#28 – Jacob Evans – Golden State Warriors

Jesse Blancarte

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With the 28th overall pick, the Golden State Warriors selected Cincinnati Junior Jacob Evans.

Evans represents a solid pick for nearly any NBA team. Evans fits in the mold of a potential 3-and-D role player. Evans improved in his time at Cincinnati, culminating in his junior year, where he scored 13 points and 4.7 rebounds per game. Evans spent three seasons at Cincinnati and rounded himself into a versatile two-way player who can bring a lot of value at the NBA level.

Evans is a very cognitive player, especially on the defensive end. He has a better grasp of his limitations than most players at this stage of their respective careers and is able to maximize his individual defensive ability within a team concept. Evans generally makes the right rotations, double-teams at the right times and funnels his opponents to where his teammates are when he cannot contain the ball-handler on his own. With the right coaching, he could become a valuable defensive wing in an NBA rotation sooner than some anticipate.

Additionally, Evans is more than just a shooter. He led his team in assists last season and has some skill as a playmaker. Evans will be more of a shooter and finisher in the NBA, but the ability to make the right pass, swing the ball when he isn’t open and take the ball off the dribble when necessary make him an intriguing prospect. This is especially true when you consider how valuable a player like Khris Middleton has become over the years, adding layers to his 3-and-D skill set each season.

The Warriors aren’t in need of an influx of talent but are happy to add Evans regardless.

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2018 NBA Draft Diary

#27 – Robert Williams III – Boston Celtics

With the 27th overall pick in the 2018 NBA Draft, the Boston Celtics have selected Robert Williams III.

Ben Nadeau

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With the 27th overall pick in the 2018 NBA Draft, the Boston Celtics have selected Robert Williams III.

Although there were early week rumors that the Celtics might try to trade up, they’ve ultimately elected to find a difference-maker at the end of the first round instead. For a team that nearly reached the NBA Finals despite debilitating injuries to Gordon Hayward and Kyrie Irving, Boston’s roster didn’t need a wholesale change on draft night. But at No. 27, they’ll be more than happy to leave with the mysterious-but-talented Williams.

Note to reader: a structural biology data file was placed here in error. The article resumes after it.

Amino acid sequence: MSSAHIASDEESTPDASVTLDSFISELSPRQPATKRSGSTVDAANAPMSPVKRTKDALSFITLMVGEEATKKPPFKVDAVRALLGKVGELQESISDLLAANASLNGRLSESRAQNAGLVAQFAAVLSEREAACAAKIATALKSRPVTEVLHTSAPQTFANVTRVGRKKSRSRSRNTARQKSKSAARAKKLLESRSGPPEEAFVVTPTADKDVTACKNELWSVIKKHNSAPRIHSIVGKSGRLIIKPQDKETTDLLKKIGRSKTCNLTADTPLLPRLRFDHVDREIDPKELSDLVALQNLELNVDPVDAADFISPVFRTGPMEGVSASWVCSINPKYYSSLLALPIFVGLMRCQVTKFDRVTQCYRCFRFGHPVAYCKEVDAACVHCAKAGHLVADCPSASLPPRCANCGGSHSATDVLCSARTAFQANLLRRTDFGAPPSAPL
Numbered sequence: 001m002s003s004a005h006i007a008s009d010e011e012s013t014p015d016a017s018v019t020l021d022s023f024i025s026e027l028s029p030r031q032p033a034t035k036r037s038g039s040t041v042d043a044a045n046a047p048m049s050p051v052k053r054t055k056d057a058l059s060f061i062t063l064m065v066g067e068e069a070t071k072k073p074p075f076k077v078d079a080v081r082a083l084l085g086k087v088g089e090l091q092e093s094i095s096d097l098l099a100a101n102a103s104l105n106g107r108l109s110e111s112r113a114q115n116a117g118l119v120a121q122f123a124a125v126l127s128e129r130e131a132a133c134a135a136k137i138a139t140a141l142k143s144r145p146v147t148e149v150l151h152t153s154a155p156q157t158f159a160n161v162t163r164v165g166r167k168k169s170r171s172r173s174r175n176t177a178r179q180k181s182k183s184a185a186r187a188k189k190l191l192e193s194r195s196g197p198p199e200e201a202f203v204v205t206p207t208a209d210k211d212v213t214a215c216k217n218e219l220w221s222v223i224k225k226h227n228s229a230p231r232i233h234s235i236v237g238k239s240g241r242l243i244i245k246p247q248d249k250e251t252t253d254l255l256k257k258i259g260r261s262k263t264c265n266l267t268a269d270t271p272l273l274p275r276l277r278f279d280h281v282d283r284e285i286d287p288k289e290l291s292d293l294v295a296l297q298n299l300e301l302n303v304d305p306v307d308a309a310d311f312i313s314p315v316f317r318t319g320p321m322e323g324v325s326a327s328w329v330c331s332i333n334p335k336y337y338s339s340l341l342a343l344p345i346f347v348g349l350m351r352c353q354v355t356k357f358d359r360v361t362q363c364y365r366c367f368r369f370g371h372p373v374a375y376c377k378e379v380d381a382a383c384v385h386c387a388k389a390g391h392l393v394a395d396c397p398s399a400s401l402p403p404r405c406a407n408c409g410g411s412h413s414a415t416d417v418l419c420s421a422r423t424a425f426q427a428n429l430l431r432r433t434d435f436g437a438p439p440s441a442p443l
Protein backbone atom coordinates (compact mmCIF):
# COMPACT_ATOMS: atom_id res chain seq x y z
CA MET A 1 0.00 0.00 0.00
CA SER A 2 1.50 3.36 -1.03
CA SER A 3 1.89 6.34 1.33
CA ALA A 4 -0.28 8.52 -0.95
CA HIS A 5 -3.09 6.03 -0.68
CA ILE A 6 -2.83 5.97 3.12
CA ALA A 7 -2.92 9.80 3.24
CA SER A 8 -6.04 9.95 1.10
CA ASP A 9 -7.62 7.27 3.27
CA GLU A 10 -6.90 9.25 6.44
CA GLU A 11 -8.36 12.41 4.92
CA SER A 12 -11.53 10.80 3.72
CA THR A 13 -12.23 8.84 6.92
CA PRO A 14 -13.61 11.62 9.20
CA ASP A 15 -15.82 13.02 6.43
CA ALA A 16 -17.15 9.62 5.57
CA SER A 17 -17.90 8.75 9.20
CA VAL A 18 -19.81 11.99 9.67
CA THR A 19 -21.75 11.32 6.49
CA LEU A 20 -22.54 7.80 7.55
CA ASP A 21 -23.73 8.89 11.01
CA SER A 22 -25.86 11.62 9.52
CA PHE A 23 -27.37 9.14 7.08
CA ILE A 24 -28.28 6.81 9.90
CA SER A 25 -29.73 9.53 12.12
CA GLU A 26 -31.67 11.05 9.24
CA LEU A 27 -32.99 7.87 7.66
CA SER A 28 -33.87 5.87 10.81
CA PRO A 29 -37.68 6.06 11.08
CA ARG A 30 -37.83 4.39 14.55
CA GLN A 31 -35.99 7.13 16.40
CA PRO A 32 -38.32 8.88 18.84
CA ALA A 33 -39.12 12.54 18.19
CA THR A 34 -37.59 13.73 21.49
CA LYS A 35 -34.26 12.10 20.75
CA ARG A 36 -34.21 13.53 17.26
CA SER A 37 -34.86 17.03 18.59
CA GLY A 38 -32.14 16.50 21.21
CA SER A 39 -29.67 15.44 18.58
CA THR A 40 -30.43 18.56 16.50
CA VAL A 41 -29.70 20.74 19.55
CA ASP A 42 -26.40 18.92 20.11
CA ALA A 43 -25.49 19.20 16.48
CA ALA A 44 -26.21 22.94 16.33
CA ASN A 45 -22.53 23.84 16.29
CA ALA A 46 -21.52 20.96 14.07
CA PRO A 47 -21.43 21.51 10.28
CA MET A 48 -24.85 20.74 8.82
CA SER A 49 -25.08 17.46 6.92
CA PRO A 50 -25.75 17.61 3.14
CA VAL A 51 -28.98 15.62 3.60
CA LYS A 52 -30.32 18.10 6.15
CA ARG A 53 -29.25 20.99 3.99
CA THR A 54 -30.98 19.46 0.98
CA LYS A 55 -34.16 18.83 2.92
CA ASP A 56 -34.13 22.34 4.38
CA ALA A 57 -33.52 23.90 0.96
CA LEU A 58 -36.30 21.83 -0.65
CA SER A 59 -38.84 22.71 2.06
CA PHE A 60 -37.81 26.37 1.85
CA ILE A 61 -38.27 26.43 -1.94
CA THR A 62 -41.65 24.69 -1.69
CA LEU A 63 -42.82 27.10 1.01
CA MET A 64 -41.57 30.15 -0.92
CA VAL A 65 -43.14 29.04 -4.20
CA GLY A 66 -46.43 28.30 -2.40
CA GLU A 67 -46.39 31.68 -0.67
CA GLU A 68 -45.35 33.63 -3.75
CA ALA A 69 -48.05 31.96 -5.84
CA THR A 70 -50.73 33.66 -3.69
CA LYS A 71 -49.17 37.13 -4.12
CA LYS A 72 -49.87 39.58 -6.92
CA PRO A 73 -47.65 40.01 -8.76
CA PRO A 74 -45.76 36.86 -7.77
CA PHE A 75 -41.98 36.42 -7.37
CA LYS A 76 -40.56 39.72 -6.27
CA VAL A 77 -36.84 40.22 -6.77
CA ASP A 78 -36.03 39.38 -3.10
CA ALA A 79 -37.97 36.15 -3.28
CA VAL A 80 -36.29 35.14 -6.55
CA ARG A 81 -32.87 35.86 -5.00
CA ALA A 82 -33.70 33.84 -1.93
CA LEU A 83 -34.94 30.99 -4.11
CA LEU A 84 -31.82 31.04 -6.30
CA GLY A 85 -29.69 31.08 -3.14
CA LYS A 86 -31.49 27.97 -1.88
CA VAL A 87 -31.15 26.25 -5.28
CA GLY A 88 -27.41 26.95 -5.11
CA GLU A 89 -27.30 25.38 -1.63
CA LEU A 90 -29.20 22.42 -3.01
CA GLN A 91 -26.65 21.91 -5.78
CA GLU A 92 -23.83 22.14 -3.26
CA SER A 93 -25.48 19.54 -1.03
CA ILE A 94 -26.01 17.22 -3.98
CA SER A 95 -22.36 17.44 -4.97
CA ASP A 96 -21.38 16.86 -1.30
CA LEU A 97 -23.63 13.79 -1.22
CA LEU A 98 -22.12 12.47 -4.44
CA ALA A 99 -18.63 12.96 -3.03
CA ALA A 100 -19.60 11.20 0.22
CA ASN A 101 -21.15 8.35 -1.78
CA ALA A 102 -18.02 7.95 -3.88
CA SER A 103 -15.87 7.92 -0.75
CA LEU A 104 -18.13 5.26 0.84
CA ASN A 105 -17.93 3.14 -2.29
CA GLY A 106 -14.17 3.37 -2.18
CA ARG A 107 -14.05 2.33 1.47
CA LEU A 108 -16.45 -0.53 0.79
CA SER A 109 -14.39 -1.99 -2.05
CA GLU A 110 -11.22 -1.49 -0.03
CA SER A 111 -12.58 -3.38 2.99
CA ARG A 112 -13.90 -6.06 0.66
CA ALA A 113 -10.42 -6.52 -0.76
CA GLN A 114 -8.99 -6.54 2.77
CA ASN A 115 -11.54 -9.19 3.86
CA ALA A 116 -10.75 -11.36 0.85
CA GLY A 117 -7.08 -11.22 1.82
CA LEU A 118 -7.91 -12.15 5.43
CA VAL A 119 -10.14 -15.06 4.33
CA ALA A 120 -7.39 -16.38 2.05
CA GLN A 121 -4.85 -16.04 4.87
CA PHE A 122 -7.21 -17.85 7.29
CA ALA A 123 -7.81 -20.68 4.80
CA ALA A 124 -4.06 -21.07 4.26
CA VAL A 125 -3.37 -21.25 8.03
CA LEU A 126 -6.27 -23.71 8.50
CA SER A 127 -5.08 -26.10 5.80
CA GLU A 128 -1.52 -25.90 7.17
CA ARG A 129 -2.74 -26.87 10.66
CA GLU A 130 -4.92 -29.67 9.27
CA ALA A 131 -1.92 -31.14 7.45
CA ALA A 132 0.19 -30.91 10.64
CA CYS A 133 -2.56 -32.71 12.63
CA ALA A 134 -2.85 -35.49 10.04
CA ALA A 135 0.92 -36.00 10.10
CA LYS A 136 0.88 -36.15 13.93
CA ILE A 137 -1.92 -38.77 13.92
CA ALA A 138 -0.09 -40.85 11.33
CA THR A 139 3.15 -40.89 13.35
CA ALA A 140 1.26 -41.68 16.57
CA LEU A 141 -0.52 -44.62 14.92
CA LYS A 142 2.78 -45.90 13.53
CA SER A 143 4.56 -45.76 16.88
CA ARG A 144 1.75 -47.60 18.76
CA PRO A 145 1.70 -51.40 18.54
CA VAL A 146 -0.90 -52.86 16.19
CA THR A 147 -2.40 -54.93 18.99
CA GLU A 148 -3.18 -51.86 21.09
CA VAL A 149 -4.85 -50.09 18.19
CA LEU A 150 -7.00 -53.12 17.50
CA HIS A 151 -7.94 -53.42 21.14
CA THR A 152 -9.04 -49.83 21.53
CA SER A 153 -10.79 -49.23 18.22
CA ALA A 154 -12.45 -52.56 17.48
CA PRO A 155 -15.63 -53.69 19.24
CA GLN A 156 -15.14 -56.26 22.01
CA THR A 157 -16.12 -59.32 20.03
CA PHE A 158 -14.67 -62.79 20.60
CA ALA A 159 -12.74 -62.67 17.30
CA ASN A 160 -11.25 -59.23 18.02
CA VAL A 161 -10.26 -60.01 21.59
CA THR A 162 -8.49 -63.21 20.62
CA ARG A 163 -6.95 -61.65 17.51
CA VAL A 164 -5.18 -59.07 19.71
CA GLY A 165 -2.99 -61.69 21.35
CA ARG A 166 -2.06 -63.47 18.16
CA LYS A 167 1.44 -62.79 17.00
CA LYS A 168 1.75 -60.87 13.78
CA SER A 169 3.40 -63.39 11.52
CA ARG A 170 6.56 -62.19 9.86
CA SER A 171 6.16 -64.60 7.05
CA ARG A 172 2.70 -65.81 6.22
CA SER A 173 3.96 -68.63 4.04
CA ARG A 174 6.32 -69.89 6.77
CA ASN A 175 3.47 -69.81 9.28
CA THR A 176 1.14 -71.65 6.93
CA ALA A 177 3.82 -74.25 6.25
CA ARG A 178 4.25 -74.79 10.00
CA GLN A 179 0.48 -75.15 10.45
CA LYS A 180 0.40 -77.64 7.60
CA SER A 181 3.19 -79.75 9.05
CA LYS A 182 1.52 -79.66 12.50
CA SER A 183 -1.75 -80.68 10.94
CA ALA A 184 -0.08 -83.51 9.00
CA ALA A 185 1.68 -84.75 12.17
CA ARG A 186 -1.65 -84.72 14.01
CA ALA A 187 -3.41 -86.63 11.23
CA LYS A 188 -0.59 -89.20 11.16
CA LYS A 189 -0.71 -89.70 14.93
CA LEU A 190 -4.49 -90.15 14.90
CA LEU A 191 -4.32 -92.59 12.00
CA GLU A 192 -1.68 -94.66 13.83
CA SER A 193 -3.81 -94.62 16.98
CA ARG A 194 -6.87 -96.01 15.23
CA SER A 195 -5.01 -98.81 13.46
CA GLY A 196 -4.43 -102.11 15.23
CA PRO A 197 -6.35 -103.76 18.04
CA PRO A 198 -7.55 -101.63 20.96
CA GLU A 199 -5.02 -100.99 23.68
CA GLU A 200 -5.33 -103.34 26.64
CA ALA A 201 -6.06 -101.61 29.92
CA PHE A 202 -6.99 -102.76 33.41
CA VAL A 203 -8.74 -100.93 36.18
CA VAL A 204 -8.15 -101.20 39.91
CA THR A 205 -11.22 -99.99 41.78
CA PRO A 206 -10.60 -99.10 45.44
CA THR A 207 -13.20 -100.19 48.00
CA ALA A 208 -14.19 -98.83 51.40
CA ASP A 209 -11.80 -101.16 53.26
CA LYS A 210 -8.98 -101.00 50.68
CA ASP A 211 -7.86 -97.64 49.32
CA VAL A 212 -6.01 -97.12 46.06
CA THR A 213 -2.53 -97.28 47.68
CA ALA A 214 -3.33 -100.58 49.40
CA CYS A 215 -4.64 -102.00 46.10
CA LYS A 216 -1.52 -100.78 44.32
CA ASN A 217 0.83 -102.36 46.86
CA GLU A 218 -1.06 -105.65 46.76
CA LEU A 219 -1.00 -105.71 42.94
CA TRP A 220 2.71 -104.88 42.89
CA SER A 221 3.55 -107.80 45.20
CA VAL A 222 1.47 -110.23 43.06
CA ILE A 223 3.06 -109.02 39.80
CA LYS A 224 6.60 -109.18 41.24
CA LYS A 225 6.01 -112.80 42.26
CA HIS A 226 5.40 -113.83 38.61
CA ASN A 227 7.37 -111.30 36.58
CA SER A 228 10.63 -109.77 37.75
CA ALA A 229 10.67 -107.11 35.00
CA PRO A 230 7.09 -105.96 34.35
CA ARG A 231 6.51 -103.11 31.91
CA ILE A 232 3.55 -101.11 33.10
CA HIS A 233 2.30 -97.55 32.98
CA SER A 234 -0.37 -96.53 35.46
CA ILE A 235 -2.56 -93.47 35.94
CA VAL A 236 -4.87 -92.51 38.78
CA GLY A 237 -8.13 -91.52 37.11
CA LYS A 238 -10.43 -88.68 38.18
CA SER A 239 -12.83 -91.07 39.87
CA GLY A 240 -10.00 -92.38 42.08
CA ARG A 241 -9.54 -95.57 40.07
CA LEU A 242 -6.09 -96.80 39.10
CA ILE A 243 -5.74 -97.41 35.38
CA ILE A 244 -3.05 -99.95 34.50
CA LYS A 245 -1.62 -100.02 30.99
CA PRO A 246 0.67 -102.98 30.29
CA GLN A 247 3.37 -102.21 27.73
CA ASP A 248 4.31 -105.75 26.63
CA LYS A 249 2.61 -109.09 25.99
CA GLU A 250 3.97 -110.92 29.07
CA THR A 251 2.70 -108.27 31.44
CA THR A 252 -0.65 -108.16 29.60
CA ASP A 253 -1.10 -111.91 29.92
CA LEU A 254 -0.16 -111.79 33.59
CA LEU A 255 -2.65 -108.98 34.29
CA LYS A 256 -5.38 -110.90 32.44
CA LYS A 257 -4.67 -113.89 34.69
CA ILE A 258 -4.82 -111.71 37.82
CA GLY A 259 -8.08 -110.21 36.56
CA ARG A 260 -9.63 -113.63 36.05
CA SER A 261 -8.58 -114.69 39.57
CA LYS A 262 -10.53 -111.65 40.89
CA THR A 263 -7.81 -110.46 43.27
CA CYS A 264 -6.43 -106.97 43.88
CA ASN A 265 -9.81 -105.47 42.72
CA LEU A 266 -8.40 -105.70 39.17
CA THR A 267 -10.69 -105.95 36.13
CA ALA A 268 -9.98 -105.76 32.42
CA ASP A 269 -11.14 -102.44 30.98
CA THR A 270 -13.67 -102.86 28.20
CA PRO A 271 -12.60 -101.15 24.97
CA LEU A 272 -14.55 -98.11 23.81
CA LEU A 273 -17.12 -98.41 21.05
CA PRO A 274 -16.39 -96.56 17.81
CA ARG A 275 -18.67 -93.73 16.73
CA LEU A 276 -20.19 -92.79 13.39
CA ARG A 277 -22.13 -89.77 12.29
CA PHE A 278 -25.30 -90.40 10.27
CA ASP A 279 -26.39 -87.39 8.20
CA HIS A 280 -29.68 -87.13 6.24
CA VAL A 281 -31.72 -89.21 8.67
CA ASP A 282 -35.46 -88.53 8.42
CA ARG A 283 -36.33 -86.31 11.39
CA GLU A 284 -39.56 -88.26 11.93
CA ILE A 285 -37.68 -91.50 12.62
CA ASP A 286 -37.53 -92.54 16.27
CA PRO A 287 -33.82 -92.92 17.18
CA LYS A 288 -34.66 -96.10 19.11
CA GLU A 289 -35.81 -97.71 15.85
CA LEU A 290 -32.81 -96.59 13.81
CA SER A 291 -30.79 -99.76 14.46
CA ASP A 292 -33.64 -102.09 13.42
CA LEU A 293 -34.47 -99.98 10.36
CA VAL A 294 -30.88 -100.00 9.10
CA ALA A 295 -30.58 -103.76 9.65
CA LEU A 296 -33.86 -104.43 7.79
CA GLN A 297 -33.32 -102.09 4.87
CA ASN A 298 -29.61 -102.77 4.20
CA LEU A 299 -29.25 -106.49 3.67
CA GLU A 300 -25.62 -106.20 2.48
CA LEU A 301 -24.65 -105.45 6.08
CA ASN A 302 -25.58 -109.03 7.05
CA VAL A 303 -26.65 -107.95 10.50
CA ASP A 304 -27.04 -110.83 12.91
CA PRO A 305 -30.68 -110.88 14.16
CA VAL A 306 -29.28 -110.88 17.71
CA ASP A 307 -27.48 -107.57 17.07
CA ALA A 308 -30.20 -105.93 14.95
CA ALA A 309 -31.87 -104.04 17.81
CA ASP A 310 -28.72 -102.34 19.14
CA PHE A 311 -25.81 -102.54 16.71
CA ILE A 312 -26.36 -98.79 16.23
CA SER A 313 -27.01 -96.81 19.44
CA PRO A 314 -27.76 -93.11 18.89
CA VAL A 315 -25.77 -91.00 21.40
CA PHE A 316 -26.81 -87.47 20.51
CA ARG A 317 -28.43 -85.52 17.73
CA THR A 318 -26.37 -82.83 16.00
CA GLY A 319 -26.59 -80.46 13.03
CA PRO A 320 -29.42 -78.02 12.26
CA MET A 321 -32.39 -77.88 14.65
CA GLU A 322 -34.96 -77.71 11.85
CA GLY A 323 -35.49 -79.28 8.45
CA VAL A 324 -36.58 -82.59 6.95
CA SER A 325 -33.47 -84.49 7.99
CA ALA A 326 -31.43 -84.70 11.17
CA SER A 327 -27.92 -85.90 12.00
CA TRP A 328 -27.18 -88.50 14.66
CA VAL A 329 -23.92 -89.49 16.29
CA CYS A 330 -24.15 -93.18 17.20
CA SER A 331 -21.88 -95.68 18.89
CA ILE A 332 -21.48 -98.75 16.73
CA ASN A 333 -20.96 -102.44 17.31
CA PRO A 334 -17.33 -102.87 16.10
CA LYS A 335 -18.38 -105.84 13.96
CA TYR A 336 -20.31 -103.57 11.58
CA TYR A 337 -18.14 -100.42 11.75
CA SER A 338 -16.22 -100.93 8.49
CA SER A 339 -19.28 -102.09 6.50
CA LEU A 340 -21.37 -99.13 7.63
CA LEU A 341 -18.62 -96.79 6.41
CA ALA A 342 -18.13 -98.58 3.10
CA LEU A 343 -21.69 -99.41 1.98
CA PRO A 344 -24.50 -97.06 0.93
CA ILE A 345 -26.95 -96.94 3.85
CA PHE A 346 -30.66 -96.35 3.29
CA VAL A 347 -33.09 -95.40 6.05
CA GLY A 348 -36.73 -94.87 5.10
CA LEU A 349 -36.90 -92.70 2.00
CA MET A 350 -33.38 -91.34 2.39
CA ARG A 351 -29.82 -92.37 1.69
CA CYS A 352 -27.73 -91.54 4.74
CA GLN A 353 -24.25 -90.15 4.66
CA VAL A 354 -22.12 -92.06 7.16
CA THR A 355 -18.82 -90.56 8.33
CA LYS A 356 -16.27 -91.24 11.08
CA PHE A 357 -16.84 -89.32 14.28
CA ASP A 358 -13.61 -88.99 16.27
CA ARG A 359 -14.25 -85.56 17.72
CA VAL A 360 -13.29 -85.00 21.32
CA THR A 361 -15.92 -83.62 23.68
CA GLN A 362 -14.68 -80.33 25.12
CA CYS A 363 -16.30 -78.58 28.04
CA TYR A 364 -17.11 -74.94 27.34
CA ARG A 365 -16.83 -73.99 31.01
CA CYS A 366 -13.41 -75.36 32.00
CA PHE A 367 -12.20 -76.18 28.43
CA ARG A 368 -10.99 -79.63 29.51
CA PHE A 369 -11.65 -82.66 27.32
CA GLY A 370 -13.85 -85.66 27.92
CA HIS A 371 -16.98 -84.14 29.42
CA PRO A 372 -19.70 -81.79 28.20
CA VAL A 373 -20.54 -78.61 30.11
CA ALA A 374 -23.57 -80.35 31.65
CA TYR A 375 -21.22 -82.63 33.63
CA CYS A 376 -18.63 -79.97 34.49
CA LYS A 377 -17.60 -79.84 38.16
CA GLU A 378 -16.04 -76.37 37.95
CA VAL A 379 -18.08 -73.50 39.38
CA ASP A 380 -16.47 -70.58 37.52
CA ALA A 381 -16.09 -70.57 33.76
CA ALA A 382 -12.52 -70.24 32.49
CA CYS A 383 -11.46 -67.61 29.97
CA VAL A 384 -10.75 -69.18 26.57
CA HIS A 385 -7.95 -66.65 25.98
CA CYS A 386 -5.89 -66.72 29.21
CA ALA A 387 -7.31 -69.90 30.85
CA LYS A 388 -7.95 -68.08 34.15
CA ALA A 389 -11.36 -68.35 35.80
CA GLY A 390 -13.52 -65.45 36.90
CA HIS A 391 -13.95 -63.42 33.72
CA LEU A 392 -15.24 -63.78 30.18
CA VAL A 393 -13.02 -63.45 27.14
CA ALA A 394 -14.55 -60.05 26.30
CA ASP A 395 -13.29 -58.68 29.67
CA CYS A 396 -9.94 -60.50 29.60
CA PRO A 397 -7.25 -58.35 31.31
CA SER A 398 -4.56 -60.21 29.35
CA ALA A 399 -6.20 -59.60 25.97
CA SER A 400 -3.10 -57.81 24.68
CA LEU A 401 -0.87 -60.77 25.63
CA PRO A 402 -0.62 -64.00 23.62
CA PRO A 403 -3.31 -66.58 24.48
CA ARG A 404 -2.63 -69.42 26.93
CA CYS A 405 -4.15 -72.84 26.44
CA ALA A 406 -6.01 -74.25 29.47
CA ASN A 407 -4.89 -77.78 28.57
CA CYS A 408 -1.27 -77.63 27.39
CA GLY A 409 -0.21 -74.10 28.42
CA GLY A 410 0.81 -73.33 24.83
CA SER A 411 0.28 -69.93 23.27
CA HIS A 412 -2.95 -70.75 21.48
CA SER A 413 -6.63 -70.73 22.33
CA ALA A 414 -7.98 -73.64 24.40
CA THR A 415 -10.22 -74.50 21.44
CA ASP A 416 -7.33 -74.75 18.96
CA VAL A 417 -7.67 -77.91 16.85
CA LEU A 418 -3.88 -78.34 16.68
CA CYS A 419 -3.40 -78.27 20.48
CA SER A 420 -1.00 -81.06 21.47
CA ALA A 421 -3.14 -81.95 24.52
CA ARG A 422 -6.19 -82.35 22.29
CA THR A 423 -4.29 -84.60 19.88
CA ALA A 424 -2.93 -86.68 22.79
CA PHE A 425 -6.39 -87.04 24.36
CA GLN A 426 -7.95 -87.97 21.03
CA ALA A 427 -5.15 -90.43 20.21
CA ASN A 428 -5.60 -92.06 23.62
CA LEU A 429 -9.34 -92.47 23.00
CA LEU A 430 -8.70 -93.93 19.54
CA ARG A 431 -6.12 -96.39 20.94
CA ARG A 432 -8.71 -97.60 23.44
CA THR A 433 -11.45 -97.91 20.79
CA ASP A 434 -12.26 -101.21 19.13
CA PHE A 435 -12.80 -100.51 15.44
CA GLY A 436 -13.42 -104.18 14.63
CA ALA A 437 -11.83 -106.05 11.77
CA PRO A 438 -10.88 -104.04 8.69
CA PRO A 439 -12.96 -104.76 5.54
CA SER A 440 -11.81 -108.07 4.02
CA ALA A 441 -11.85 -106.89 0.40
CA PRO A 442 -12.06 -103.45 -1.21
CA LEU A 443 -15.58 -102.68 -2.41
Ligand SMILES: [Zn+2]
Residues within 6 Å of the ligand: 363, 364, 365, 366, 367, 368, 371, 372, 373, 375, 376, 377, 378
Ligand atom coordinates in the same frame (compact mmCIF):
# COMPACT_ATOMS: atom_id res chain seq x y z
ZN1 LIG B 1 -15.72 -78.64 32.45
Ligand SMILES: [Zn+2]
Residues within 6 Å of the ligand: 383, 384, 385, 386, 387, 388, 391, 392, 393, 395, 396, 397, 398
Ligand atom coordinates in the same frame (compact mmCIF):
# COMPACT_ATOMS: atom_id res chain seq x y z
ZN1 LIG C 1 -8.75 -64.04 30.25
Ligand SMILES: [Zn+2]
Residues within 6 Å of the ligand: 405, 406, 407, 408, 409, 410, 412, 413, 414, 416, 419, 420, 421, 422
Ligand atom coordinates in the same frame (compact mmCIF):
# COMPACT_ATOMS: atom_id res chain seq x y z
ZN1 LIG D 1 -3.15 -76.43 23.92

Last year, Williams was viewed as a potential first-rounder before he returned to Texas A&M for his sophomore year. In 2017-18, Williams averaged 10.4 points and 9.2 rebounds on 63.2 percent from the field, fueling the Aggies to a 22-13 record. During this current pre-draft process, Williams looked poised to become a mid-first-round selection once again — but his stock faded as the big night got closer. In fact, Williams even decided to watch the draft with his family, even though he was a green room invitee.

His stock has undoubtedly dropped as of late, but this may end up being the steal of the draft — naturally, he dropped right into general manager Danny Ainge’s lap. Williams, 6-foot-10, is a freak athlete that’ll bring a new look to an already fearsome defensive unit in Boston. At A&M, Williams won back-to-back SEC Defensive Player of the Year honors and averaged 2.5 blocks per game. Of course, he’ll get the opportunity to learn from the hard-nosed Al Horford, a five-time All-Star and the defensive linchpin for Boston — a win-win situation for all.

Williams, 20, joins an extremely young core in Boston that also includes Jaylen Brown, Terry Rozier and Jayson Tatum, among others.

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2018 NBA Draft Diary

#26 – Landry Shamet – Philadelphia 76ers

The Philadelphia 76ers select Landry Shamet with the 26th overall pick.

Dennis Chambers

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With the 26th overall pick in the 2018 NBA Draft, the Philadelphia 76ers select guard Landry Shamet of Wichita State.

Shamet, if he is able to fulfill his potential, should provide the Sixers with some much-needed shooting, as their rotation was noticeably starved for another deadeye sniper.

A career 43.7 percent three-point shooter, Shamet sank 44.2 percent of his shots from downtown last season, and he did so while firing nearly six attempts from deep a game. Sliding Shamet at the guard position alongside franchise point guard Ben Simmons allows for another weapon at Simmons’ disposal.

Standing at 6-foot-5 and 21 years old, Shamet has the size to play either guard spot in the NBA (especially given Philadelphia’s lengthy and versatile lineup). Along with his shooting ability, Shamet also led the American Athletic Conference with 166 assists last season. With Markelle Fultz still a question mark for Philadelphia, Shamet provides a secondary ball-handler and playmaker, whether in the starting lineup or in the reserve unit.

The first round of the 2018 NBA Draft was a whirlwind for the Sixers, and they ultimately land two guards of very separate varieties: an upside-laden athlete in Zhaire Smith, and a skillful “veteran” rookie whose skillset is established.